|With Black History Month taking place throughout October, it’s an important time to think about your organisation and how we can all work to become more inclusive. We want help to amplify the voices of Black artists and filmmakers with some recommendations to help celebrate Black History Month 2022.
Winner of the Grand Jury Prize at the 2019 Sundance Film Festival, director Chinonye Chukwu’s breakout film, Clemency, features a powerful performance from Alfre Woodard as Bernadine, a tough prison officer, forms an unlikely bond with Anthony, a prisoner, who maintains his innocence till the day of his execution.
This debut feature from Black Panther director Ryan Coogler won the Future Prize when in debuted at Cannes in 2013, and tells the real life story of Oscar Grant III, a 22-year-old Bay Area resident, who crosses paths with friends, enemies, family, and strangers on the last day of 2008.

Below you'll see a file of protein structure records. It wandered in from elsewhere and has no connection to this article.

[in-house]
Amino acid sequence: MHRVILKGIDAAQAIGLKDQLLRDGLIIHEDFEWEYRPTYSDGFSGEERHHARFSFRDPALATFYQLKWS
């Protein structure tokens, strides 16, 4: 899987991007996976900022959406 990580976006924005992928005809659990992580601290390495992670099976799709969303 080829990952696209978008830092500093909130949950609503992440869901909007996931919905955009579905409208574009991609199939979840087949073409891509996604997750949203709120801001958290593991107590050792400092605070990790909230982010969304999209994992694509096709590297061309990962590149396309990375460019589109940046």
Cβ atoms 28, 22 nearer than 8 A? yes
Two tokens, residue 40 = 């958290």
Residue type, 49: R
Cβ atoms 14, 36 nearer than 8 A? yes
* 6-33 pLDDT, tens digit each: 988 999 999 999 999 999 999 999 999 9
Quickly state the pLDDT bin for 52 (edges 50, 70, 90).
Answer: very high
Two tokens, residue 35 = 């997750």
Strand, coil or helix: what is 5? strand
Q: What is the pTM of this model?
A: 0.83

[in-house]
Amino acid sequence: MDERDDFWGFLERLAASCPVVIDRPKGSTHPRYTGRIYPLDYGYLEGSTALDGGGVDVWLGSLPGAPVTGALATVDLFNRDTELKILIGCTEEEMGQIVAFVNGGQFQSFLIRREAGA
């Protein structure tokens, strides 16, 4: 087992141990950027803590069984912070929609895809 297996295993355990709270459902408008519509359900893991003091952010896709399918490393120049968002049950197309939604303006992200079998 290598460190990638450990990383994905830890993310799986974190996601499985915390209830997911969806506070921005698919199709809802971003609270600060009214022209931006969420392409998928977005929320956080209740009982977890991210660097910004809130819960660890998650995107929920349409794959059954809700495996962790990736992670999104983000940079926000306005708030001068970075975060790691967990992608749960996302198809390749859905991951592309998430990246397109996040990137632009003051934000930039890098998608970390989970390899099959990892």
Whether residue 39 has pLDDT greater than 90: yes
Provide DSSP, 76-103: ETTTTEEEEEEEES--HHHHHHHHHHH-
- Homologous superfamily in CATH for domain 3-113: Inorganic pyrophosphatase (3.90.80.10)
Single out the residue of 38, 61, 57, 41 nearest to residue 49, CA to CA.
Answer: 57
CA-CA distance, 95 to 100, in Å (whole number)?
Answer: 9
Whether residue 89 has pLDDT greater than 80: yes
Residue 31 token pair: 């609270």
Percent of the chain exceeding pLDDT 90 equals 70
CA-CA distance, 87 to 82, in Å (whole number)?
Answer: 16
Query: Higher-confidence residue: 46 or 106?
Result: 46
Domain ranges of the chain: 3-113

|I Am Not Your Negro
Working from the text of acclaimed author James Baldwin’s unfinished final novel, Remember This House, director Raoul Peck creates a meditation on what it means to be Black in the United States. Exploring the history of racism in America through Baldwin’s recollections of civil rights leaders Medgar Evers, Malcolm X and Martin Luther King Jr.
|Monsters and Men
From the director of last years Oscar nominated King Richard, Reinaldo Marcus Green, comes this Sundance Award-winning portrait of race, family and consequence in which the tight-knit community of Bed-Stuy is pushed to the brink after the death of a black man at the hands of police.
Often cited as one of the best films of its decade, Moonlight was the first LGBTQ film with an all-black cast to be nominated for Best Picture at the Academy Awards. Told across three chapters, following the life of Chiron, a young gay man who must navigate race, class and the pains and joys of first love in a journey of self-discovery.
Rebel Dread is the story of Don Letts, a first-generation British-born Black filmmaker, DJ, musician, and cultural commentator. The film frames Don’s story with the 1968 Enoch Powell ‘Rivers of Blood’ speech and the 2018 ‘hostile environment’ immigration policy, and follows how Letts injected Afro-Caribbean music into the early punk scene and shot over 300 music videos including for Public Image Ltd. and Bob Marley.